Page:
Dr Anna Basu studied preclinical medicine at Cambridge, including a research year with Professor Roger Lemon and Research Occupational Therapist Ailie Turton using transcranial magnetic stimulation to investigate the corticospinal tract in adults following stroke. She trained in clinical medicine at Oxford and then in paediatric neurology in Newcastle upon Tyne. She completed a PhD in neuroscience with Professor Eyre in 2007, looking at assessment of cortical plasticity following early brain lesions – this led to papers in Annals of Neurology and the Journal of Neuroscience. She recently completed an NIHR Clinical Trials Fellowship and has been awarded an NIHR Career Development Fellowship around early intervention in perinatal stroke. Her research focusses on assessing and intervening to improve upper limb function in children with, or at risk of, hemiplegic cerebral palsy. She works at Newcastle University and also as a consultant paediatric neurologist at the Great North Children’s Hospital, Newcastle upon Tyne.
Janice Pearse is a senior paediatric occupational therapist with many years of experience in the management of the upper limb in children with cerebral palsy. In 2013 she completed an MPhil based on a trial investigating the effects on upper limb function of botulinum toxin and play-based therapy compared to placebo injections and play based therapy in children with hemiplegia. She has subsequently worked as an investigator on a number of other research studies focussed on improving upper limb function in children with, or at risk of, hemiplegic cerebral palsy. She currently works part-time at the Great North Children’s Hospital in Newcastle upon Tyne where her role includes the Regional Upper Limb Neurodisability Service, and part-time as a researcher on the Early Therapy in Perinatal Stroke study (eTIPS).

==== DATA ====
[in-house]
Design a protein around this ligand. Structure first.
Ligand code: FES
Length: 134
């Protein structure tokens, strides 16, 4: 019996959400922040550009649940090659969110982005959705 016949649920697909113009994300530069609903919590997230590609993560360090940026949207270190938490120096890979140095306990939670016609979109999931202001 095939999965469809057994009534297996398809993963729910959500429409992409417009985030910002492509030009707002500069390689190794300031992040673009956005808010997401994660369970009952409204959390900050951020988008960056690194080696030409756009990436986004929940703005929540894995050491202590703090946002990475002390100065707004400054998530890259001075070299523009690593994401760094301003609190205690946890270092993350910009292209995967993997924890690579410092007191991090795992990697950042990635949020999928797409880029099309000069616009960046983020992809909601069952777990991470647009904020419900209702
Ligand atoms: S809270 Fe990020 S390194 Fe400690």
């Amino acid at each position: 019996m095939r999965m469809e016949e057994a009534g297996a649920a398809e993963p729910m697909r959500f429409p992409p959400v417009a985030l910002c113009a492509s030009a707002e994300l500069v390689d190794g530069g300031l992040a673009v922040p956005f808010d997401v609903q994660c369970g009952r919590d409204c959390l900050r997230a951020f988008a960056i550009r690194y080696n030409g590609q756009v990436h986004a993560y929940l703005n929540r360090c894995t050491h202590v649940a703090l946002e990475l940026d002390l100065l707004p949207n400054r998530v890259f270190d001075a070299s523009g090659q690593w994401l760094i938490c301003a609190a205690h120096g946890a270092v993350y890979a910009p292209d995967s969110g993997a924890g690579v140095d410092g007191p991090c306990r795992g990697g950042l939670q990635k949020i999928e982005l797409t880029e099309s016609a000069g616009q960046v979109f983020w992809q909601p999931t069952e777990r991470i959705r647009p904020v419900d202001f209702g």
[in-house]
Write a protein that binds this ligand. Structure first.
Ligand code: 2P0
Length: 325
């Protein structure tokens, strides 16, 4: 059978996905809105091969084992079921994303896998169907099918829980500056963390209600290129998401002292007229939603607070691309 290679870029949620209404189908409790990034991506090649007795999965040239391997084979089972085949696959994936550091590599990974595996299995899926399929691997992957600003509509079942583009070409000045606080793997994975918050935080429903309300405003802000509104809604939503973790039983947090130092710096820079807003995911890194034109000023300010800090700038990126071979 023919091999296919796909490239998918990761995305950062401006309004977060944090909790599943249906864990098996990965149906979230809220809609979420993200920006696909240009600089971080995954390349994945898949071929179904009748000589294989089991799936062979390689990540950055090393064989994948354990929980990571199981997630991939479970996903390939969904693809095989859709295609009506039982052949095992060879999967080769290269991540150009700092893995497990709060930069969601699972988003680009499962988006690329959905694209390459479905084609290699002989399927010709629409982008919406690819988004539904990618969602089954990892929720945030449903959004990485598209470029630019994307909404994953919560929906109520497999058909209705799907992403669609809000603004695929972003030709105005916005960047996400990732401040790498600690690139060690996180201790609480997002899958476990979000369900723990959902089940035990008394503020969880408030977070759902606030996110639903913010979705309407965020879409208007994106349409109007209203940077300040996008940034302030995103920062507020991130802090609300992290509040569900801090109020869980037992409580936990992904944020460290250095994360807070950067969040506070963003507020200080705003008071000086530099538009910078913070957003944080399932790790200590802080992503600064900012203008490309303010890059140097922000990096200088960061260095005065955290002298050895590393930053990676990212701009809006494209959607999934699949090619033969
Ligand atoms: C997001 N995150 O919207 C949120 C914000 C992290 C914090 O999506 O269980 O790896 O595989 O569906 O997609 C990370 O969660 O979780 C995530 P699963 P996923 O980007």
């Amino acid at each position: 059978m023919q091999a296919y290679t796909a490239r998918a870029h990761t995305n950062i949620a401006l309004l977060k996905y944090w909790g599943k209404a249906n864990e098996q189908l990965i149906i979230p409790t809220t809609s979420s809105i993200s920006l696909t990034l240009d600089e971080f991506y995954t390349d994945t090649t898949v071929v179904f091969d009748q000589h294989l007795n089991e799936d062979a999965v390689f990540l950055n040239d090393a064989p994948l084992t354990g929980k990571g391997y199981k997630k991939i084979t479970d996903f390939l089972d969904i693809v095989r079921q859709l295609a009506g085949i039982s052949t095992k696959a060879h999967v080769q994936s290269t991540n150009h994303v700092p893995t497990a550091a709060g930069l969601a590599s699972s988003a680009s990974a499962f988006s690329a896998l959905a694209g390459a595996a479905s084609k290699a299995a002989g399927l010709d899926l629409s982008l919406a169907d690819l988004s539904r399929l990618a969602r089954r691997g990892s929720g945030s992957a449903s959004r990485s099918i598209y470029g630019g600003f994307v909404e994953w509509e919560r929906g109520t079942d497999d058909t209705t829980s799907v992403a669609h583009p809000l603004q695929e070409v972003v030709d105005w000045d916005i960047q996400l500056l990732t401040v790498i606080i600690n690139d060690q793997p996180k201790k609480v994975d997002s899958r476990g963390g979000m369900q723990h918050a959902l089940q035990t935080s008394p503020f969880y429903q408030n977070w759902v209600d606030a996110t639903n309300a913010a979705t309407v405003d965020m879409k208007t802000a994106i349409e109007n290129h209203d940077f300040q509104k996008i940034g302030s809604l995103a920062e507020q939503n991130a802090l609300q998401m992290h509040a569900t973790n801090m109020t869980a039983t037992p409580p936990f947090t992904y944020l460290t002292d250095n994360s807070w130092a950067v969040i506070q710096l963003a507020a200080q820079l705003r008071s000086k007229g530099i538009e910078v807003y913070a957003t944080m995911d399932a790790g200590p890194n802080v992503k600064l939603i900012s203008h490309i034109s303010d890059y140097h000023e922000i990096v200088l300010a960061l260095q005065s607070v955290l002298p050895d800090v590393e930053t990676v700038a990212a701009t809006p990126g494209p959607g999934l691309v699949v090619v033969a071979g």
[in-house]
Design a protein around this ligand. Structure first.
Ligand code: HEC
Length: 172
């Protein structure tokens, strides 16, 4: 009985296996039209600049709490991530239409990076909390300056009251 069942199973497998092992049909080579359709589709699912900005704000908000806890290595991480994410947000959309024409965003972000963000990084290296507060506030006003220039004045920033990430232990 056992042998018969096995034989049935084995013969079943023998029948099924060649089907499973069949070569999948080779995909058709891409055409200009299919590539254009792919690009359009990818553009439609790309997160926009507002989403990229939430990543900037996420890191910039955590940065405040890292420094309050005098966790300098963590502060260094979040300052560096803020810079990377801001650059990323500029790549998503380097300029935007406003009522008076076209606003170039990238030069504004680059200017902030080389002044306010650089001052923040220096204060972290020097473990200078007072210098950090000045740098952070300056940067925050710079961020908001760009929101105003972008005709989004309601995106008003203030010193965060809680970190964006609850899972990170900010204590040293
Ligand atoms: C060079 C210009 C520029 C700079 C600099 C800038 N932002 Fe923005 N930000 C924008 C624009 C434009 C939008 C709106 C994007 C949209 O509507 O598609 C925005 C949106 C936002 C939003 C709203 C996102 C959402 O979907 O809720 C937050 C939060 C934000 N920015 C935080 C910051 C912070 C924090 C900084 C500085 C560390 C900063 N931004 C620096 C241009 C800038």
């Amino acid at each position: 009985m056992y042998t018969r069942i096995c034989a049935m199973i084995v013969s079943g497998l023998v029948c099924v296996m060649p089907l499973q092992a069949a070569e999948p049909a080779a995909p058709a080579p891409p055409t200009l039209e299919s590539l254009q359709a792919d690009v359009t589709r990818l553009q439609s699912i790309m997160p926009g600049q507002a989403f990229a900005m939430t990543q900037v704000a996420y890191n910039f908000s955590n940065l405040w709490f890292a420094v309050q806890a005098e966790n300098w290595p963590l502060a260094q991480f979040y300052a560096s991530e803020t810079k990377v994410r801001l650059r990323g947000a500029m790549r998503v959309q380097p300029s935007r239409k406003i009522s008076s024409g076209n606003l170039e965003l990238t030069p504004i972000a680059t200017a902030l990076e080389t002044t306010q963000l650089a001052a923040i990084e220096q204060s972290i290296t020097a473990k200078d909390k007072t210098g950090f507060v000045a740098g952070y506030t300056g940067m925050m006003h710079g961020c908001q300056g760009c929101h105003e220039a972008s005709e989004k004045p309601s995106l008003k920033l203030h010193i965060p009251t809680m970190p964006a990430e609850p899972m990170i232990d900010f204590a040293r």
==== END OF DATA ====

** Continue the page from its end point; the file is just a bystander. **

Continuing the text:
Emma Kirkpatrick completed a PhD in paediatric neuroscience under the supervision of Anna Basu in 2014. This looked at the mirror neuron system and its relationship to upper limb function in children with hemiplegic cerebral palsy - asking, through a randomised controlled trial, whether watching and copying movements led to greater improvements in hand and arm function than repeated practice alone. The results of the trial were published in Developmental Medicine and Child Neurology. As part of this work, she developed tailored instructions for a range of games which focused on practising particular movements that are challenging for children with hemiplegia. The aim was to help children reach their therapeutic goals whilst also having fun! Having completed this work, she went on to work as a research fellow at the National Institute for Health Research Evaluation, Trials and Studies Coordinating Centre. She is now a trial manager at Southampton Clinical Trials Unit.